# Wick theorem

The Wick theorem , after the physicist Gian-Carlo Wick , is a statement in quantum field theory . It allows the vacuum expectation value of a product of time-ordered field operators to be written as the sum of the vacuum expectation value of a product of two field operators. The importance of the Wick theorem lies in the fact that such products occur in the calculation of scatter amplitudes and that they can be translated using the Wick theorem in the form of Feynman diagrams .

## Wick contraction

The wick contraction of two bosonic field operators is as ${\ displaystyle \ phi}$ ${\ displaystyle \ phi ^ {\ bullet} (x) \ phi ^ {\ bullet} (y) = {\ begin {cases} \ left [\ phi ^ {+} (x), \ phi ^ {-} ( y) \ right] & {\ text {if}} x ^ {0}> y ^ {0} \\\ left [\ phi ^ {+} (y), \ phi ^ {-} (x) \ right ] & {\ text {if}} x ^ {0} Are defined. The square brackets are the commutator and denote the proportions of positive or negative frequency of the field, i.e. ${\ displaystyle \ phi ^ {\ pm}}$ ${\ displaystyle \ phi ^ {+} (x) = \ int {\ frac {\ mathrm {d} ^ {3} p} {(2 \ pi) ^ {3}}} {\ frac {1} {\ sqrt {2 \ omega}}} a (p) e ^ {- \ mathrm {i} px} \, \ quad}$ such as ${\ displaystyle \ quad \ phi ^ {-} (x) = \ int {\ frac {\ mathrm {d} ^ {3} p} {(2 \ pi) ^ {3}}} {\ frac {1} {\ sqrt {2 \ omega}}} a ^ {\ dagger} (p) e ^ {\ mathrm {i} px} \,}$ where is the annihilation operator and the creation operator . ${\ displaystyle a}$ ${\ displaystyle a ^ {\ dagger}}$ In the case of fermionic field operators and , the Wick contraction contains an additional minus sign and the anti-commutator instead of the commutator: ${\ displaystyle \ psi}$ ${\ displaystyle {\ bar {\ psi}}}$ ${\ displaystyle \ psi ^ {\ bullet} (x) {\ bar {\ psi}} ^ {\ bullet} (y) = {\ begin {cases} \ \ \ {\ psi ^ {+} (x), {\ bar {\ psi}} ^ {-} (y) \} & {\ text {if}} x ^ {0}> y ^ {0} \, \\ - \ {{\ bar {\ psi} } ^ {+} (y), \ psi ^ {-} (x) \} & {\ text {if}} x ^ {0} With this definition for the contraction of fermionic fields, all of the following statements apply to both fermions and bosons.

The vacuum expectation value of a contraction of two field operators is equal to the Feynman propagator of a particle between these two spacetime points. So it applies ${\ displaystyle D_ {F} (xy)}$ ${\ displaystyle \ left \ langle \ phi ^ {\ bullet} (x) \ phi ^ {\ bullet} (y) \ right \ rangle = D_ {F} (xy) \.}$ ## Key message

The key message of the Wick theorem is:

${\ displaystyle T \ left (\ prod _ {i} \ phi _ {i} \ right) \ = \ {\ frac {1} {0!}}: \! \ prod _ {i} \ phi _ {i } \!: + {\ frac {1} {1!}} \ sum _ {i The time order operator is here and the notation denotes the normal order, which means that in this expression all creation operators are to the left of the annihilation operators. The shorthand was also used. The faculties in the expressions are statistical factors, since the sums are summed up over different identical configurations. In particular, the order of the field operators in all terms is not important, since this is either determined by the time order or the definition of the contraction, or since the creation and annihilation operators are interchanged. ${\ displaystyle T}$ ${\ displaystyle: \! O \ !:}$ ${\ displaystyle \ phi _ {i} = \ phi (x_ {i})}$ The simplifications by Wick's theorem are based on the fact that the vacuum expectation value of every normally ordered product of field operators vanishes, since the effect of the annihilation operator on the vacuum vanishes as well:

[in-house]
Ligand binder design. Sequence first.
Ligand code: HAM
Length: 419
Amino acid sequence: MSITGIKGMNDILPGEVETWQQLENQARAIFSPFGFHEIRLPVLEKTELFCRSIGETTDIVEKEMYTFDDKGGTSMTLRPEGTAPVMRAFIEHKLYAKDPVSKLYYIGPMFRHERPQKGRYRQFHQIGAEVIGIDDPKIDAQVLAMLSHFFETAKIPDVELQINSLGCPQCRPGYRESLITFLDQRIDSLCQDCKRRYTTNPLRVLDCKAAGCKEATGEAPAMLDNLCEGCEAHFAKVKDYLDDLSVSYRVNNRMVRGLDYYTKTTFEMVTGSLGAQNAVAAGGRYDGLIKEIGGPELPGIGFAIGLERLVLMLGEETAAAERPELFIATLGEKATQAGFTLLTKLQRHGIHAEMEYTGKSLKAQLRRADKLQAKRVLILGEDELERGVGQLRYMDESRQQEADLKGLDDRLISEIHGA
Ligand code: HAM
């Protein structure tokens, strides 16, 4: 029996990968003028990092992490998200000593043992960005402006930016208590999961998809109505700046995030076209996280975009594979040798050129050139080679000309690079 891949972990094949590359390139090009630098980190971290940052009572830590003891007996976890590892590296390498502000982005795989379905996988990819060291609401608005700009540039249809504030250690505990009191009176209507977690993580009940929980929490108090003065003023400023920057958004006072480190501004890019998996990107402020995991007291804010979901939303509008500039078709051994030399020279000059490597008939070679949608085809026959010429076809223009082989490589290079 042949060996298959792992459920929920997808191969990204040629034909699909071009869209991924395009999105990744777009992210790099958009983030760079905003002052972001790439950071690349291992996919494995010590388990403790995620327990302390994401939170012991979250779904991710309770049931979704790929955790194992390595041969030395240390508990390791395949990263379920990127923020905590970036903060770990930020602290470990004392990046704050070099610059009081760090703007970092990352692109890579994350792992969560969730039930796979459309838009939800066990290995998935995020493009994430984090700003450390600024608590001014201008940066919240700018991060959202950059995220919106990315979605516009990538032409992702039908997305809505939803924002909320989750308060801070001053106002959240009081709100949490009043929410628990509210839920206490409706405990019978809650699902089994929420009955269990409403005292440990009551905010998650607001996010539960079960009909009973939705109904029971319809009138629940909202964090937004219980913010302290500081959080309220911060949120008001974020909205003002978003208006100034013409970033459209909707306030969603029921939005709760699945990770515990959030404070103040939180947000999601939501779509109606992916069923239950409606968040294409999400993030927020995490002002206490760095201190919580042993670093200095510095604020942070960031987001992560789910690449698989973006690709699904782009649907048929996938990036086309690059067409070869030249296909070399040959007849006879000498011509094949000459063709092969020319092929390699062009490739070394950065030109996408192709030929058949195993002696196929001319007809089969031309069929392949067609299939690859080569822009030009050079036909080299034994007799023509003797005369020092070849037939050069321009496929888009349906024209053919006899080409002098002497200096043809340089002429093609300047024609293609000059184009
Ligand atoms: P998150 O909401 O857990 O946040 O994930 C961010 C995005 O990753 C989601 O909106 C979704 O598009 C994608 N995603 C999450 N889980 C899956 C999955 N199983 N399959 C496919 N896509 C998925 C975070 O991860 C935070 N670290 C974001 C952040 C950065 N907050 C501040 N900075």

${\ displaystyle \ langle: \! \ prod \ phi _ {i} \!: \ rangle = 0}$ Therefore, the Wick theorem leads to the fact that only fully contracted terms in the vacuum expectation value do not differ from zero. It therefore results directly for an odd number of field operators for which there can be no fully contracted expressions

${\ displaystyle \ left \ langle T \ left (\ prod _ {i = 1} ^ {2n + 1} \ phi _ {i} \ right) \ right \ rangle = 0}$ .

The vacuum expectation value over a product of an even number of field operators is transformed by means of the Wick theorem into a sum over a product of Feynman propagators, in which every combination of spacetime points is connected exactly once with a propagator.

## example

For four field operators we get

{\ displaystyle {\ begin {aligned} T \ left (\ phi _ {1} \ phi _ {2} \ phi _ {3} \ phi _ {4} \ right) & =: \! \ phi _ {1 } \ phi _ {2} \ phi _ {3} \ phi _ {4} \!: + (\ phi _ {1} ^ {\ bullet} \ phi _ {2} ^ {\ bullet}): \! \ phi _ {3} \ phi _ {4} \!: + (\ phi _ {1} ^ {\ bullet} \ phi _ {3} ^ {\ bullet}): \! \ phi _ {2} \ phi _ {4} \!: + (\ phi _ {1} ^ {\ bullet} \ phi _ {4} ^ {\ bullet}): \! \ phi _ {2} \ phi _ {3} \! : + (\ phi _ {2} ^ {\ bullet} \ phi _ {3} ^ {\ bullet}): \! \ phi _ {1} \ phi _ {4} \!: + (\ phi _ { 2} ^ {\ bullet} \ phi _ {4} ^ {\ bullet}): \! \ Phi _ {1} \ phi _ {3} \!: + (\ Phi _ {3} ^ {\ bullet} \ phi _ {4} ^ {\ bullet}): \! \ phi _ {1} \ phi _ {2} \!: \\ & + (\ phi _ {1} ^ {\ bullet} \ phi _ { 2} ^ {\ bullet}) (\ phi _ {3} ^ {\ bullet} \ phi _ {4} ^ {\ bullet}) + (\ phi _ {1} ^ {\ bullet} \ phi _ {3 } ^ {\ bullet}) (\ phi _ {2} ^ {\ bullet} \ phi _ {4} ^ {\ bullet}) + (\ phi _ {1} ^ {\ bullet} \ phi _ {4} ^ {\ bullet}) (\ phi _ {2} ^ {\ bullet} \ phi _ {3} ^ {\ bullet}) \ end {aligned}}} and when the vacuum expectation value is formed, all terms that are not fully contracted are omitted, i.e. in this example the first line: ${\ displaystyle \ left \ langle T \ left (\ phi _ {1} \ phi _ {2} \ phi _ {3} \ phi _ {4} \ right) \ right \ rangle = D_ {F} (x_ { 1} -x_ {2}) D_ {F} (x_ {3} -x_ {4}) + D_ {F} (x_ {1} -x_ {3}) D_ {F} (x_ {2} -x_ {4}) + D_ {F} (x_ {1} -x_ {4}) D_ {F} (x_ {2} -x_ {3})}$ ## literature

• Michael E. Peskin and Daniel V. Schroeder: An Introduction to Quantum Field Theory . Perseus Books, Reading 1995, ISBN 0-201-50397-2 (English).